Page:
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Jonathan Ward on fashion

Program Part 1. I 've been up & I´ve been down. Now I´m back. A tumultuous journey through the waves of fashion. Part 2. Cyclical & Celebrity _ Fashion spikes captured in a snapshot glare.

Date/Time: 01 March 2018 14:00 - 01 March 2018 16:00

Venue: 8.10 Partners' room (8 floor) Newcastle University Business School 5 Barrack road NE1 4SE

Jonathan Ward has his own company "Jonathan Ward candles and fragrances". In the past he had been working in NY as the creative director of DKNY, Tommy Hilfiger, etc. He worked also for ten years in the cosmetic industry for Estee Lauder. See an article in Vogue and a part of his interview with Volt magazine. Volt Café: Jonathan, how did you first start out in the creative world? Jonathan Ward: It’s no secret that I come from a humble background up in good old South Shields, which is near Newcastle. I won a place at Kingston University to be on their sought after BA fashion course and was offered two jobs immediately upon graduating. One was at M&S for a paltry £14k a year. The other was in New York for a boutique firm that offered a phenomenal starting salary.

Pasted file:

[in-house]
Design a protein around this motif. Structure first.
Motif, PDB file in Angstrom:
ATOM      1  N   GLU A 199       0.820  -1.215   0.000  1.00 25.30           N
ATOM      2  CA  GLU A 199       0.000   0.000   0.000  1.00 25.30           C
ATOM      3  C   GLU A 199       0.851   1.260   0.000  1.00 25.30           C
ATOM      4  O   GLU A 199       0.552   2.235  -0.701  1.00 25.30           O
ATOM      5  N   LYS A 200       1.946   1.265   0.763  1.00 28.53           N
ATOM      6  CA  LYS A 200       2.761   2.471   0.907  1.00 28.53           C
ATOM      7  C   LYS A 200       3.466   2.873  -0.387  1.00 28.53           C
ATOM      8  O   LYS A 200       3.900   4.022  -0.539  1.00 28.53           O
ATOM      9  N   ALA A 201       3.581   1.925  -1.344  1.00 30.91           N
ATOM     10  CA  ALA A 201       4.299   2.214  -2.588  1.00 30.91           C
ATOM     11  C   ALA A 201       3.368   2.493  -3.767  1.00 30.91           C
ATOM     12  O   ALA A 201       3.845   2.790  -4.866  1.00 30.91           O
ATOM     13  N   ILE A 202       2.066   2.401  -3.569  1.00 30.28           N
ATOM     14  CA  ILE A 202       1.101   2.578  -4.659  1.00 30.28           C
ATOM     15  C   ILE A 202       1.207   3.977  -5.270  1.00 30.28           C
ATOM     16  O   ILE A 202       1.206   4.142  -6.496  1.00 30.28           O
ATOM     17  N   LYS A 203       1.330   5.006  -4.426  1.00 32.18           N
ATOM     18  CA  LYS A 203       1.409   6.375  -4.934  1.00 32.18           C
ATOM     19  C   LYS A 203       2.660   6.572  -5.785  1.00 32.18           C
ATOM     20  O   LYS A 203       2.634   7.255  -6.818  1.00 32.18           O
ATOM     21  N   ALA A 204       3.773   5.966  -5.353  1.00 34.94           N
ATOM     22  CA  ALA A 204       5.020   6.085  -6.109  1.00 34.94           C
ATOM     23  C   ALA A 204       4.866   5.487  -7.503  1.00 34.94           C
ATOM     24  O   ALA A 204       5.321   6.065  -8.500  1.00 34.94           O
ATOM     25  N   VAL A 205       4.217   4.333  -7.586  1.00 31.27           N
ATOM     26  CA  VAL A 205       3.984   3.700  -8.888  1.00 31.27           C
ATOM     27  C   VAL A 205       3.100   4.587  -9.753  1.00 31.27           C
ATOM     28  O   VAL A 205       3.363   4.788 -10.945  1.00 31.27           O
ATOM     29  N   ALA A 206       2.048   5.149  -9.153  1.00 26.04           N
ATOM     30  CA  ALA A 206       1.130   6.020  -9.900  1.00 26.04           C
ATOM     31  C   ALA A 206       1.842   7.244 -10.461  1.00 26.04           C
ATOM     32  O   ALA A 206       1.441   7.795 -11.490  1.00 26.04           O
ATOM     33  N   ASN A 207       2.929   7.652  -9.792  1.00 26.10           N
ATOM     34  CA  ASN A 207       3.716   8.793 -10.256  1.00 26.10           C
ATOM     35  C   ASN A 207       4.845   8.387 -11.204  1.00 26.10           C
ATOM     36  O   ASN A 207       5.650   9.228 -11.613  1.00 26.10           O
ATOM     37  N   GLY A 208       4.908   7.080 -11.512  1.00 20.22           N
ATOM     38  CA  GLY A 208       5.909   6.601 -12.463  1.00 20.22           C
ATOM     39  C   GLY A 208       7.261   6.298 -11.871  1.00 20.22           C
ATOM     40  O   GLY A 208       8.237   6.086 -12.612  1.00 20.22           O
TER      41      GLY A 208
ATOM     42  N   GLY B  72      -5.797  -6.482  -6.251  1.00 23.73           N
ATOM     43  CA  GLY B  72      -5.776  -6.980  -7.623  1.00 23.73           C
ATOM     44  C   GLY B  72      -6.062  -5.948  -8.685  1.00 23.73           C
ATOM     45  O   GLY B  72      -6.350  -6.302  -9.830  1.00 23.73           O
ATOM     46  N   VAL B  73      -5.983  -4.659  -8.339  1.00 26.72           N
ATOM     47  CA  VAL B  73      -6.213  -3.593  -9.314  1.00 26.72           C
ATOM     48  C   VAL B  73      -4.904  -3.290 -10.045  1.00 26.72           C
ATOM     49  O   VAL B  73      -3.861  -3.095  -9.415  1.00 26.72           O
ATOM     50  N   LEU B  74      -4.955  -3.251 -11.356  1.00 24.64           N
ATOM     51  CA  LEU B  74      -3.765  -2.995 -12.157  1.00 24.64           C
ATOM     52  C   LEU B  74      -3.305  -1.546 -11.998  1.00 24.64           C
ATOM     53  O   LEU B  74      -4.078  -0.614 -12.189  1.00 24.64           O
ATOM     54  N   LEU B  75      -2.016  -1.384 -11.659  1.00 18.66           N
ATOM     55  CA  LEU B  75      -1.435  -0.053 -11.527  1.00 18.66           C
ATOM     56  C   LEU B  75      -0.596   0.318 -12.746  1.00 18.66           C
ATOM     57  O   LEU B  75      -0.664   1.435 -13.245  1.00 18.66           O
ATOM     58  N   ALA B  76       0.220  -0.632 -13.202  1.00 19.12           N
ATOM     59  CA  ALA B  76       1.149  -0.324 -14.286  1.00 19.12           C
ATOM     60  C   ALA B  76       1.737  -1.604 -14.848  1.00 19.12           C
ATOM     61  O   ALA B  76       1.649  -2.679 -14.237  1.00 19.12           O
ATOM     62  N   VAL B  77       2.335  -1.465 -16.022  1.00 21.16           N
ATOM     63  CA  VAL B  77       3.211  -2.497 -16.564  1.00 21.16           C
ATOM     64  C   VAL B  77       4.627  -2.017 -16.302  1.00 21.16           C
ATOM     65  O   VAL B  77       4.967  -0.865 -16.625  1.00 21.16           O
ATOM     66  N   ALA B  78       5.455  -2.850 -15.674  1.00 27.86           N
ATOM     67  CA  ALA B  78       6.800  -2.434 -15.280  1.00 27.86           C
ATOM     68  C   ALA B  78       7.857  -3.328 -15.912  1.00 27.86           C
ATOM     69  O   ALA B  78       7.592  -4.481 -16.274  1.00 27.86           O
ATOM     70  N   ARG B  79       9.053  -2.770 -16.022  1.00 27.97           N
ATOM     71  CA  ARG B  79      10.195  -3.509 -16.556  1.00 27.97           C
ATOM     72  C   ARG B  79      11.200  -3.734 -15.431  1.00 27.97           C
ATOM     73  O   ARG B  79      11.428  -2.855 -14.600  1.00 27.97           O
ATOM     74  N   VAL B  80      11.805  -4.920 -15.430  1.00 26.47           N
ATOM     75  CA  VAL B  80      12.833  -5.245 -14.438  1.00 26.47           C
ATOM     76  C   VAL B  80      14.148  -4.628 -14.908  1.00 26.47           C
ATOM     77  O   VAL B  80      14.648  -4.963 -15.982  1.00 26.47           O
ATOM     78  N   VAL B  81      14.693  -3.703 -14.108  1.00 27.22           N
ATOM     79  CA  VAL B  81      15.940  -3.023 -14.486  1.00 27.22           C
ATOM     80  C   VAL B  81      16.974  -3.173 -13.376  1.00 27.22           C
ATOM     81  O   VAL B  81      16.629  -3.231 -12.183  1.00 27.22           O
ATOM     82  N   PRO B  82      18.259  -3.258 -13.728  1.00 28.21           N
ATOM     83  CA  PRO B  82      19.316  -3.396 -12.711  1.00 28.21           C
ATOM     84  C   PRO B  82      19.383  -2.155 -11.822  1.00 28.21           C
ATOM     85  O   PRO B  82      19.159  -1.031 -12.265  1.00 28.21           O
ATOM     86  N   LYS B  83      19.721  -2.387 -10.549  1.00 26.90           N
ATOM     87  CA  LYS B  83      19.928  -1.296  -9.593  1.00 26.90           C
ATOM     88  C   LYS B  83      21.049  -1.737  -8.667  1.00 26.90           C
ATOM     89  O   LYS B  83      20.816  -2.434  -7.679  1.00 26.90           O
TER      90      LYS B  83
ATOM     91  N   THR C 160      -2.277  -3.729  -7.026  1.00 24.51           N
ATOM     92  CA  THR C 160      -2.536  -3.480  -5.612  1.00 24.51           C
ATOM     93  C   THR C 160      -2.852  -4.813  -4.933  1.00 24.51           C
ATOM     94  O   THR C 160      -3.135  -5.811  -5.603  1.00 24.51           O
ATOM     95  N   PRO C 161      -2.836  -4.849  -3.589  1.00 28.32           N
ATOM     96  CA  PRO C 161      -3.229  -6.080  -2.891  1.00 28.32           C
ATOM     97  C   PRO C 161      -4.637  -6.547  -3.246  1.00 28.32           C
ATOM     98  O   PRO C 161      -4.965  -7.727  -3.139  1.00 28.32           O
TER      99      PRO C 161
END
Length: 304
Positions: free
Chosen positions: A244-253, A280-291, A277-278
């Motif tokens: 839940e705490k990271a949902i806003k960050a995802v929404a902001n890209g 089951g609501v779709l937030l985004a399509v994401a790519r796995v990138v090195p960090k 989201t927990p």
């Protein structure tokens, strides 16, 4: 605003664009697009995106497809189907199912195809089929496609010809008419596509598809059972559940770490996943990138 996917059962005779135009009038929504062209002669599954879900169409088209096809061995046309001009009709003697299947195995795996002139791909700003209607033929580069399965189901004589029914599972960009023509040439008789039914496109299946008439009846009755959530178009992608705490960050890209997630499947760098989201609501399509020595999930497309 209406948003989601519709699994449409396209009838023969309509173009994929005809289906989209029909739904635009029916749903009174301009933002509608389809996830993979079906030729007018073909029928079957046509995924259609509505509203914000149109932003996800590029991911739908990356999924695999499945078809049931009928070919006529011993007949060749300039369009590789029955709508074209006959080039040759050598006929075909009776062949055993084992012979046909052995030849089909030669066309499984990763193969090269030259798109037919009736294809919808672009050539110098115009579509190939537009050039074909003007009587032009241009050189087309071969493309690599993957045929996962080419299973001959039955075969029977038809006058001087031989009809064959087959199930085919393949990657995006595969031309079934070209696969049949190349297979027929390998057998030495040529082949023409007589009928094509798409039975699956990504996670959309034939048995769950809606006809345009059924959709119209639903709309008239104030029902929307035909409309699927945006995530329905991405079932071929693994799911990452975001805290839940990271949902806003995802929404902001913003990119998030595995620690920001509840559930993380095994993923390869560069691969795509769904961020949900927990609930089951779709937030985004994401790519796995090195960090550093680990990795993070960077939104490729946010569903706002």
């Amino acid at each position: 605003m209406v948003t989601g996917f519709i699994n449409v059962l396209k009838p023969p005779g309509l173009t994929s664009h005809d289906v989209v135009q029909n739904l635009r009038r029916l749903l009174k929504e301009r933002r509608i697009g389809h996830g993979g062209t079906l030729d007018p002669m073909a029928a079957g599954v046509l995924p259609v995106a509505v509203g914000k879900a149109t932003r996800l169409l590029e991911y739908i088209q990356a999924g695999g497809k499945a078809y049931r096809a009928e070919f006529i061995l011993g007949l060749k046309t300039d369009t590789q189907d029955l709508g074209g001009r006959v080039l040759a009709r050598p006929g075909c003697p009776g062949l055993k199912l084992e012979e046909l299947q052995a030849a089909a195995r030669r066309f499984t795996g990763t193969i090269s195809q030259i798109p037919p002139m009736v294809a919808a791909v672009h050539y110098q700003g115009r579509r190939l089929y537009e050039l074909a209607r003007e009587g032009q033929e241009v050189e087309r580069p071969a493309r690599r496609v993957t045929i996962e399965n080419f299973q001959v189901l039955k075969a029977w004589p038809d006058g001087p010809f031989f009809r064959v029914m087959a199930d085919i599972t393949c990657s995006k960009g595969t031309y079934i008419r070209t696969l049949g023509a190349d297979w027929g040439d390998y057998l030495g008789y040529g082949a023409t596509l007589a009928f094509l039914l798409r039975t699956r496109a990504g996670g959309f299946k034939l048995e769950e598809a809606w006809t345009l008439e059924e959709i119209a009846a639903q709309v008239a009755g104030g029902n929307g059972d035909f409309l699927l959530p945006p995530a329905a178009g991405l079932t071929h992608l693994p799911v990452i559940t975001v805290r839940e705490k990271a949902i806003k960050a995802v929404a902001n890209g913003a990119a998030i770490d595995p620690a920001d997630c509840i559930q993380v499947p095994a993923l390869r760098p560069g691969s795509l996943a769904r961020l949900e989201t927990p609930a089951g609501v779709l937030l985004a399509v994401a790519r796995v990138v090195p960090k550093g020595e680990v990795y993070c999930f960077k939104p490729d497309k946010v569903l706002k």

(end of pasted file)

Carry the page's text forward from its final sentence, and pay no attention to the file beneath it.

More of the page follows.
As a 22-year-old man with something to prove, I chose NYC. I ended up living there for ten years, but as I progressed up the career path to better and better positions, I moved further and further away from a creative career and seemed to spend 16 hour days at the office putting out emotional fires and arguing over thread colors for buttons! I made the decision to quit the fashion industry after 6 years to the absolute disdain and shock of most of my family and friends. They couldn’t quite believe that I would give up a life that from the outside looked like a dream world. I went from 6 figures a year to cleaning apartments, literally…! But I was making my own money (albeit cash in hand) and the first spark of entrepreneurial spirit took hold. Giving up the glitz meant I could try my hand at many creative pursuits, including styling assistant, photography and wardrobe management. I basically knew that as much as I loved clothing, ‘fashion’ wasn’t for me. As one of my part time jobs I helped a friend market her own line of Italian aromas and this really inspired me to form my first candle company. I didn’t know what I was doing, just pushed forward on raw creativity and nerve. I had no business sense and the company actually grew quite quickly, getting retail placement in Barneys among other prominent stores, but I was so inexperienced at projecting raw material requirements and distribution fulfillment that I couldn’t handle the growth and didn’t react quickly enough. The business didn’t fail as such, but it wasn’t sustainable. And my status in the US was contingent on the business succeeding! So I headed back to the UK, tail between legs but with a big fat storage unit of glass, essential oils and a rigid determination that this was destined to be something. And I couldn’t wait to do it right, having learned from my previous mistakes.